Clark Young, Unsplash
It seems inarguable that some people are richly endowed with natural talent. Certainly, they must practice and hone their talents, but their performance outstrips mere mortals who practice just as much.

My friend plays golf and tennis exceptionally well. Yet he has never had a lesson. Me? Not so much.

Nature spreads her gifts of raw talent unevenly among us. Why can one person play any song requested by ear with ease on the piano? Remember that handful of kids in high school math and chemistry who just got it, while the rest of us struggled?

The intelligence or aptitude tests you took in school tested you on numerical reasoning, logic, spatial relations, verbal expression and other abilities. The tests probably revealed real strengths and weaknesses. Similarly, career aptitude tests showed that you would be a good police officer, doctor or musician, but not a good referee or pastor.

Other tests have emerged that purport to classify people as having a certain kind of temperament. Perhaps the most famous is the Myers-Briggs Type Indicator. Based on combinations of traits identified by Swiss psychiatrist Carl Jung, the mother-daughter team of Katherine Meyers and Isabel Myers invented their Type Indicator (MBTI). This divides people into 16 general types based on how people relate to other people, take in information, reason and make decisions and express themselves.

The MBTI is widely used by counselors and human resource professionals to help people find their careers, work better with others and explain certain personality features like extroversion, introversion or intuition. Personality profiles like MBTI can open one’s eyes to one’s nature. They also teach us that a trait like introversion, which some people perceive negatively as being anti-social, is simply a neutral trait, not good or bad.

It seems inarguable that some people are richly endowed with natural talent. Certainly, they must practice and hone their talents, but their performance outstrips mere mortals who practice just as much. A host of aptitude, career and personality type testing further cements the notion that people are born with certain talents, temperaments and inclinations. While nurture certainly shapes people through the powerful influences of parents, home, culture, religion, schools and friends, nature strongly disposes us, if not determines us, to become who we are.

The knock on Myers-Briggs and other typing and aptitude tools is that they become deterministic rather than just descriptive. Some people get the sense with these profiles that they’re “stuck” with a certain undesirable personality or set of traits. But Myers and Briggs made it clear that with maturity, a normal person will acquire opposing traits in balance with the traits of his natural temperament.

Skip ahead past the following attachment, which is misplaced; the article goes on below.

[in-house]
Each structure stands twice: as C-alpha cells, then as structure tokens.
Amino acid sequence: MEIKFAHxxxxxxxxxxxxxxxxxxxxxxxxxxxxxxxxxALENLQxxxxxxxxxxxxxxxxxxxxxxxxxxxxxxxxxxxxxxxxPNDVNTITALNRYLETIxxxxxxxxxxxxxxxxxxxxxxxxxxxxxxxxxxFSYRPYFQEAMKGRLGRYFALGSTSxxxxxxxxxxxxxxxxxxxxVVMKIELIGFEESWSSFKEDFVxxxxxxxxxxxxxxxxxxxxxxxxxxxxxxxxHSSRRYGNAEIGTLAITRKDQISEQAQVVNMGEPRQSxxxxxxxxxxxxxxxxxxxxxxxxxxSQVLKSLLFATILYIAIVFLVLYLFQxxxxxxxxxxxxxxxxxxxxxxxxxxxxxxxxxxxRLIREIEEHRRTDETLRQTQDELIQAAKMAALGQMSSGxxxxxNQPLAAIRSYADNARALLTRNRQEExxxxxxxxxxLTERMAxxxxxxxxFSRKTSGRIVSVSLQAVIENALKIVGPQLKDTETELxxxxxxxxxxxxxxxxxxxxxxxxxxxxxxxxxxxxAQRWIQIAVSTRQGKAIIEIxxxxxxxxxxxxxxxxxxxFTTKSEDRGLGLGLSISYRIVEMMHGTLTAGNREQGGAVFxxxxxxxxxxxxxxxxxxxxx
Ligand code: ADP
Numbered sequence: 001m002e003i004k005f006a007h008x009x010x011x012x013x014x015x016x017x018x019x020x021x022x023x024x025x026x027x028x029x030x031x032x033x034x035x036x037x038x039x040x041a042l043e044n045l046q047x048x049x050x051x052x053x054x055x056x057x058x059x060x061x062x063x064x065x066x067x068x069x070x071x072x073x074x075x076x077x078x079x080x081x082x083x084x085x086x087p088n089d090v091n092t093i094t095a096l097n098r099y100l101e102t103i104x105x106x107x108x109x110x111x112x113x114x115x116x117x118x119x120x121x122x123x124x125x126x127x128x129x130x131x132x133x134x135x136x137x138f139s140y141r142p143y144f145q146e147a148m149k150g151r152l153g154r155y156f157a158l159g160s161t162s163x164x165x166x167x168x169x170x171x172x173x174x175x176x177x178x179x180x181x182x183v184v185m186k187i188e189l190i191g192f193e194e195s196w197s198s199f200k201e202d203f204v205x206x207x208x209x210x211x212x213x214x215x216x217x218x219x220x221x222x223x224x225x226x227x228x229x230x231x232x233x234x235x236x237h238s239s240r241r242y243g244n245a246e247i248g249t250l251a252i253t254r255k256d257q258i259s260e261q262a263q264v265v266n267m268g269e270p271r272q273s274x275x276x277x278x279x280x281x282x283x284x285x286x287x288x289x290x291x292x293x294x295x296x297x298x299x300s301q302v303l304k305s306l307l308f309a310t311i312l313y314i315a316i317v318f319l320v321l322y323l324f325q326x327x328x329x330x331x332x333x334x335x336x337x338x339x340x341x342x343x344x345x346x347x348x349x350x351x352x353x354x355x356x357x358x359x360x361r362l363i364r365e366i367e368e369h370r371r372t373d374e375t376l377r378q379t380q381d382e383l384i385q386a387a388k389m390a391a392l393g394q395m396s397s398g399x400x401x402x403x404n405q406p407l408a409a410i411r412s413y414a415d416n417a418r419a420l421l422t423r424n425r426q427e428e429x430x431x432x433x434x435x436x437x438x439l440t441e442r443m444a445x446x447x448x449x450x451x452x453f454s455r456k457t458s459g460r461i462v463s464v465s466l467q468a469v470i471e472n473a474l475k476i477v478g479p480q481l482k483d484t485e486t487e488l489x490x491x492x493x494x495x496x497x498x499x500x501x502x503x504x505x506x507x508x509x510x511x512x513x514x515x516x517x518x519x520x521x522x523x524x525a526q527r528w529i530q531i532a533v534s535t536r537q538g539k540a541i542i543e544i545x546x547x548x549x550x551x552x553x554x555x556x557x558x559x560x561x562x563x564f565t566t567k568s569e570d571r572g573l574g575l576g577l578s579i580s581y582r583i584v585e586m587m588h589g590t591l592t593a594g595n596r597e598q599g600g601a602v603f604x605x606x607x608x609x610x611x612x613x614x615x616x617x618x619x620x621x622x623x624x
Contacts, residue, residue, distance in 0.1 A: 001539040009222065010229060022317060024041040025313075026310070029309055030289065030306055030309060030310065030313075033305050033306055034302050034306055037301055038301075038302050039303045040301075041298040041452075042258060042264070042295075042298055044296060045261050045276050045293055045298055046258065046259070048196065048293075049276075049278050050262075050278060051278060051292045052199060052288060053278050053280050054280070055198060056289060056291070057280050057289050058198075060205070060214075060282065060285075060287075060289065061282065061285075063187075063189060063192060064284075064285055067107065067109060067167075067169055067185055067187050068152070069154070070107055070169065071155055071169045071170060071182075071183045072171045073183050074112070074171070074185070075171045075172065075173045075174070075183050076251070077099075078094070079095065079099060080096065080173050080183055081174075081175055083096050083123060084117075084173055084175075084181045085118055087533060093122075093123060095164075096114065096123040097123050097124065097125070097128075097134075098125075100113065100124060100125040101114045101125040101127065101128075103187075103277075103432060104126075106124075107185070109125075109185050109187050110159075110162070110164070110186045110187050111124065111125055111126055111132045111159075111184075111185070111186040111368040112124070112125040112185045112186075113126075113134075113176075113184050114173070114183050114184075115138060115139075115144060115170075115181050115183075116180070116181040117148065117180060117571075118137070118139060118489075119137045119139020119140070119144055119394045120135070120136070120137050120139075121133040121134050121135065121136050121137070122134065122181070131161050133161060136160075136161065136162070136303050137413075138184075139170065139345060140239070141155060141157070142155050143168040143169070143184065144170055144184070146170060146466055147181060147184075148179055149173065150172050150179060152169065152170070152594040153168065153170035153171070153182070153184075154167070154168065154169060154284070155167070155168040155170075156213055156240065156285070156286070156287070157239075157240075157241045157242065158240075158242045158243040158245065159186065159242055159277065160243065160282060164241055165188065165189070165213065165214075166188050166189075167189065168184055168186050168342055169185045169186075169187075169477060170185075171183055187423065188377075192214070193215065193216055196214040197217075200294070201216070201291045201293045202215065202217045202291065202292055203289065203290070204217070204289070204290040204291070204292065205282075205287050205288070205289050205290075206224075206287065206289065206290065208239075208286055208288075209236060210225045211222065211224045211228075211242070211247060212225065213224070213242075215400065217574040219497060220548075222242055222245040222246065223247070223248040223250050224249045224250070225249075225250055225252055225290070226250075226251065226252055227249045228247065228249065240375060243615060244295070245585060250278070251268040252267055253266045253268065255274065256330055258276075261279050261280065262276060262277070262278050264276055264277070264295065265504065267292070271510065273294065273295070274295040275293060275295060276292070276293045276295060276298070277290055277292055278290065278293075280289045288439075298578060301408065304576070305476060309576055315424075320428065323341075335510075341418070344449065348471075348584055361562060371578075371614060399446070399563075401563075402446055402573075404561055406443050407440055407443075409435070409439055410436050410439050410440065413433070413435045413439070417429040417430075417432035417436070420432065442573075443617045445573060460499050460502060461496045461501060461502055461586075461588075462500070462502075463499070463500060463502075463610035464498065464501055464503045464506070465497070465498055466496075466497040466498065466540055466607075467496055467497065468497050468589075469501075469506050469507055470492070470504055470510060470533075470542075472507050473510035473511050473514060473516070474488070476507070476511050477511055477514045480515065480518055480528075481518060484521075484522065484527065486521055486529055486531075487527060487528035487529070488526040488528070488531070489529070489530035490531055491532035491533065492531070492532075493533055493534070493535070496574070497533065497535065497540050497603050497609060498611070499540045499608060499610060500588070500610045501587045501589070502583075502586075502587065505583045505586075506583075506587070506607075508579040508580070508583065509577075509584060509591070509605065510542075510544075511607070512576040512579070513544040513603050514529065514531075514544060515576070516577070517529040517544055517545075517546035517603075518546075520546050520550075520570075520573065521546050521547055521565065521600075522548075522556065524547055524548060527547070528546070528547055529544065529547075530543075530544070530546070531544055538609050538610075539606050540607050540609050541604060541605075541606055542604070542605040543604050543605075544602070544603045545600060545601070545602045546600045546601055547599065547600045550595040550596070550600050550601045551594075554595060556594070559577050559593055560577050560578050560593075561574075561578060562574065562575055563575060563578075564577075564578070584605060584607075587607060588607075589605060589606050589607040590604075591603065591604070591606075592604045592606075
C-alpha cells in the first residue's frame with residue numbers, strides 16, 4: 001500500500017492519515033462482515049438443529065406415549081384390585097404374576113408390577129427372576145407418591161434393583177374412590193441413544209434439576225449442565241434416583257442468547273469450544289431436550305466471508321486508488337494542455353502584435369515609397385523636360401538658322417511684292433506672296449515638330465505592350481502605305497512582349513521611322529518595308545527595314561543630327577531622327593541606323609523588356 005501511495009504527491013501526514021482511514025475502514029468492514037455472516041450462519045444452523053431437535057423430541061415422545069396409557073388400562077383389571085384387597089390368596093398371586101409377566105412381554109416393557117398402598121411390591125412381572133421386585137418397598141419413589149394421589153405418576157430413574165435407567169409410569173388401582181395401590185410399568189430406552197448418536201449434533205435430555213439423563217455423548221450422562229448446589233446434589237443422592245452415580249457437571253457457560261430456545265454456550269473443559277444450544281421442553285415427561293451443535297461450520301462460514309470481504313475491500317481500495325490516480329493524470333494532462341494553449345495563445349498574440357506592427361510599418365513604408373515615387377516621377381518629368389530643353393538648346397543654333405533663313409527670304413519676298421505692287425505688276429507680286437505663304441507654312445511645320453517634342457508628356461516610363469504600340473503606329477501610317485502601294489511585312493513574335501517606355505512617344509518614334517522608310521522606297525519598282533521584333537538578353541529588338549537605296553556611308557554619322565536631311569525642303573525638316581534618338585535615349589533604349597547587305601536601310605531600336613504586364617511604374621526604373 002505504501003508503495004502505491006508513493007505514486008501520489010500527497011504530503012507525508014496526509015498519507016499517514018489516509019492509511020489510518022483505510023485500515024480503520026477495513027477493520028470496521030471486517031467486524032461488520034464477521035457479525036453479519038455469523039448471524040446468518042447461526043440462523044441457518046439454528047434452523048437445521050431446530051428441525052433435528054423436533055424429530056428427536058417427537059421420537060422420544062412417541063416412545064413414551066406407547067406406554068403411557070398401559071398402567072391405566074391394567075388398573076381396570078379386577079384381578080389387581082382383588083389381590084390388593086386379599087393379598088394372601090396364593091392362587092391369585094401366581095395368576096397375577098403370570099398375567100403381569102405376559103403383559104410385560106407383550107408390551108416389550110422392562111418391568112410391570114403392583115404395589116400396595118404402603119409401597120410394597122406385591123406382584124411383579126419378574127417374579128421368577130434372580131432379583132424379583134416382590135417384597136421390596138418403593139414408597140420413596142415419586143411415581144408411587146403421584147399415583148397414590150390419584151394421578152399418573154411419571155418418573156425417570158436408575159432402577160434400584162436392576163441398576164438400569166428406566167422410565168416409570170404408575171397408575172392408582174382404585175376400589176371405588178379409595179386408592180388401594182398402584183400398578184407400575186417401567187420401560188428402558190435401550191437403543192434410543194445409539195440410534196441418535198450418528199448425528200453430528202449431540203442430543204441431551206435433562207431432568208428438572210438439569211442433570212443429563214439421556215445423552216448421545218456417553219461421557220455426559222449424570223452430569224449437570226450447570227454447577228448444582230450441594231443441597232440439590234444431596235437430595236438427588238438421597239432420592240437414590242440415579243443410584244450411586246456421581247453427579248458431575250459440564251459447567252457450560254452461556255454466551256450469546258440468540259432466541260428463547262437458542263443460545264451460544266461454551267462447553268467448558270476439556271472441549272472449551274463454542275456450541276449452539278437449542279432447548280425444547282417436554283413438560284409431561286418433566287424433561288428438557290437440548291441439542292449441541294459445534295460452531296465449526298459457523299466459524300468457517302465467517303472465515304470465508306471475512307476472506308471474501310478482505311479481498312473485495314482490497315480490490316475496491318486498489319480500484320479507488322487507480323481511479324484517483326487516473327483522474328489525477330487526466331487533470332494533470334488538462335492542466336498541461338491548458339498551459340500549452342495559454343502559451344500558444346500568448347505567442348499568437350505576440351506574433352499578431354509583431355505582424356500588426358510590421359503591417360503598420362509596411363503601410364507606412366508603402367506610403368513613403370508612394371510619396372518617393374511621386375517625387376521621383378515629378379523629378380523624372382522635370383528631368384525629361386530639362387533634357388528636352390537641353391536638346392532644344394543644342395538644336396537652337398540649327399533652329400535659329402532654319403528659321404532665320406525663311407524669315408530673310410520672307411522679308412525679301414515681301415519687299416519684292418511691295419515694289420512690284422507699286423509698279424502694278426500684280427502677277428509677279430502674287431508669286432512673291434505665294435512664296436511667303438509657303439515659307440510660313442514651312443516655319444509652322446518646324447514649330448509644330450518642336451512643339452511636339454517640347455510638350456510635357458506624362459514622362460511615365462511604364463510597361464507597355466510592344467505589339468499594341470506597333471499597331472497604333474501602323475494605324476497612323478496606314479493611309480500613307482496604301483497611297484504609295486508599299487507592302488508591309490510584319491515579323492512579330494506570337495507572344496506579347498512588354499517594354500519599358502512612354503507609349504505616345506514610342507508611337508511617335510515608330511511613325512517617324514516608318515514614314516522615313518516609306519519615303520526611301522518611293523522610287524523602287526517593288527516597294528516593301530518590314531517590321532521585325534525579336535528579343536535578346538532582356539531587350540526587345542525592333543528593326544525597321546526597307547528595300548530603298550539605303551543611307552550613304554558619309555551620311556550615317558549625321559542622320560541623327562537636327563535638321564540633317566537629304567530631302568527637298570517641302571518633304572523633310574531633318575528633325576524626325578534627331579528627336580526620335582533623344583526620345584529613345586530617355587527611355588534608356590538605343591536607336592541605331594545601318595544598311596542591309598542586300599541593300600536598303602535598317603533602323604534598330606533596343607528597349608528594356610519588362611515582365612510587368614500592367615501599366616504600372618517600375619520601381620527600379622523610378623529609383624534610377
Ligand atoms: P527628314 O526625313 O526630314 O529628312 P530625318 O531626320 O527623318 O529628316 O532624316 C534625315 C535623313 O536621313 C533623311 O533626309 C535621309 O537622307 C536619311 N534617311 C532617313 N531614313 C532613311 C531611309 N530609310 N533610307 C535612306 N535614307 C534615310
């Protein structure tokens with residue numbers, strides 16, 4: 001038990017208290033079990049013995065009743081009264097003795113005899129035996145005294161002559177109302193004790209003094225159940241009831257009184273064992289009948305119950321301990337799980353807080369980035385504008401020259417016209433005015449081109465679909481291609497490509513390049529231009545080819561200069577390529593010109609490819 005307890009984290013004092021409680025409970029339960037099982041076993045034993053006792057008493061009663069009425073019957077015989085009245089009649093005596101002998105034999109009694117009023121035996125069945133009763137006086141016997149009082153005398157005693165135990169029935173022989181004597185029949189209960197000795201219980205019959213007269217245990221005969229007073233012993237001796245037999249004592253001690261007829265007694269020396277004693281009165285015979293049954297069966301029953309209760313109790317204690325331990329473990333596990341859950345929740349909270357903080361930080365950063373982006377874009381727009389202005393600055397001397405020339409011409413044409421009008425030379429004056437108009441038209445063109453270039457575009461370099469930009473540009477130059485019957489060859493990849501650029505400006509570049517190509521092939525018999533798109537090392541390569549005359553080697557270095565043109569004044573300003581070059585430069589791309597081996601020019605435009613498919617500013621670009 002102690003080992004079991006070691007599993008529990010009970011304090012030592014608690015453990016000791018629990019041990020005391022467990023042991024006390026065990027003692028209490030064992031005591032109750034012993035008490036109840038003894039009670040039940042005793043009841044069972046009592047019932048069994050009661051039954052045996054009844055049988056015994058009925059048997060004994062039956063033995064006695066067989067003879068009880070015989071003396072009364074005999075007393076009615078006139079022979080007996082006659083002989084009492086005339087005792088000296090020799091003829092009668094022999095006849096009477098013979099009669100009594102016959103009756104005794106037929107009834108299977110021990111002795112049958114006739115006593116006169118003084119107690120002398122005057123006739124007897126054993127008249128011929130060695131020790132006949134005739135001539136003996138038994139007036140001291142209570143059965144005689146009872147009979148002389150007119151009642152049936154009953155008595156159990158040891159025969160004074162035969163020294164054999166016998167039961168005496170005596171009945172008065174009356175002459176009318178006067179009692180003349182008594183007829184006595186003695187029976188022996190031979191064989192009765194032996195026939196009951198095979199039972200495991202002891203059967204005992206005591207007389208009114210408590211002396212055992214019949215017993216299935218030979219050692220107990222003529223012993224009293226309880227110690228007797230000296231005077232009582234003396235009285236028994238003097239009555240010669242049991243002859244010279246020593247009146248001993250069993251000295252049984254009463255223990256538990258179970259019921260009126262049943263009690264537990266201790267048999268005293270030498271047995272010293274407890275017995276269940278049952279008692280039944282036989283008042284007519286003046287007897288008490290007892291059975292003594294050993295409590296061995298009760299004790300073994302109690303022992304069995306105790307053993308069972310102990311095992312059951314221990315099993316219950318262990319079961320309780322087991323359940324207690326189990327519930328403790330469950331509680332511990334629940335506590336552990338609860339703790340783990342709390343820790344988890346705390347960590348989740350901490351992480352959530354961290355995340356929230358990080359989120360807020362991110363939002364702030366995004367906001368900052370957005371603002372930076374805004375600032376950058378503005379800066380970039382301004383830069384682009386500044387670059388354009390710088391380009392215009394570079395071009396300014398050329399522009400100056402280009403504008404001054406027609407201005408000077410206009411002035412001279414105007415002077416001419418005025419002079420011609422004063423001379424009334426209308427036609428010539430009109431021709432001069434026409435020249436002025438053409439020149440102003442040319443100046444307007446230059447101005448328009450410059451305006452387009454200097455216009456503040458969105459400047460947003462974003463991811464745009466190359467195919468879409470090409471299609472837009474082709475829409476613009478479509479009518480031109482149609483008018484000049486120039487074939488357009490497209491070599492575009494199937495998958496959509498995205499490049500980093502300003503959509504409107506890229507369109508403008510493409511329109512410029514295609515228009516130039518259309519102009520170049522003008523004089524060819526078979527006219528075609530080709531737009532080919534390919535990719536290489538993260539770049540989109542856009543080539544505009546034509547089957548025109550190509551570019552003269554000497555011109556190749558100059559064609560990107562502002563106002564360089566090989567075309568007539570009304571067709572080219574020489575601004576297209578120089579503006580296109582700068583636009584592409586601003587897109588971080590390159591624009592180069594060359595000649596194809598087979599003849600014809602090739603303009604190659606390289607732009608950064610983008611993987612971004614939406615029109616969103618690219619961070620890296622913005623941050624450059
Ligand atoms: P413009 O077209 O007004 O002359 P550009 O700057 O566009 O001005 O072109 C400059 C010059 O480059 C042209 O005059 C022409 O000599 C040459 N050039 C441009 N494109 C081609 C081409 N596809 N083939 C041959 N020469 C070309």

Also set against the potential determinism of type theory is the strain of research discussed in "Outliers" by Malcolm Gladwell and "Bounce" by Mathew Syed. Gladwell and Syed posit that it isn’t raw talent, but 10,000 hours of purposeful practice that creates “prodigies” like Mozart, the Beatles and Bill Gates. Gladwell shows how Mozart’s father, a famous musician himself, taught and worked with young Mozart and toured him through the courts of Europe as a prodigy at age 5; however, young Mozart had practiced at least 10,0000 hours in his earliest years. The Beatles honed their skills for years in German nightclubs. As high school students, Bill Gates and Paul Allen had unique access to the University of Washington computer lab, spending countless hours learning about and coding university computers.

Gladwell has received a lot of pushback from the academic community. He gives a nuanced answer to his critics here: “There is a lot of confusion about the 10,000 rule that I talk about in 'Outliers.' It doesn't apply to sports. And practice isn't a sufficient condition for success. I could play chess for 100 years and I'll never be a grandmaster. The point is simply that natural ability requires a huge investment of time in order to be made manifest.”

Scholars still debate this issue. Is natural talent the dominant influence in attaining excellence? Will practicing for 10,000 hours make anyone outstanding at playing the piano or playing tennis? Or is it both: the Horowitzes, Michael Jordans and Einsteins can only excel by honing their prodigious natural talent by constant purposeful practicing?

My conclusion: We can all improve in anything with good coaching and persistent practicing.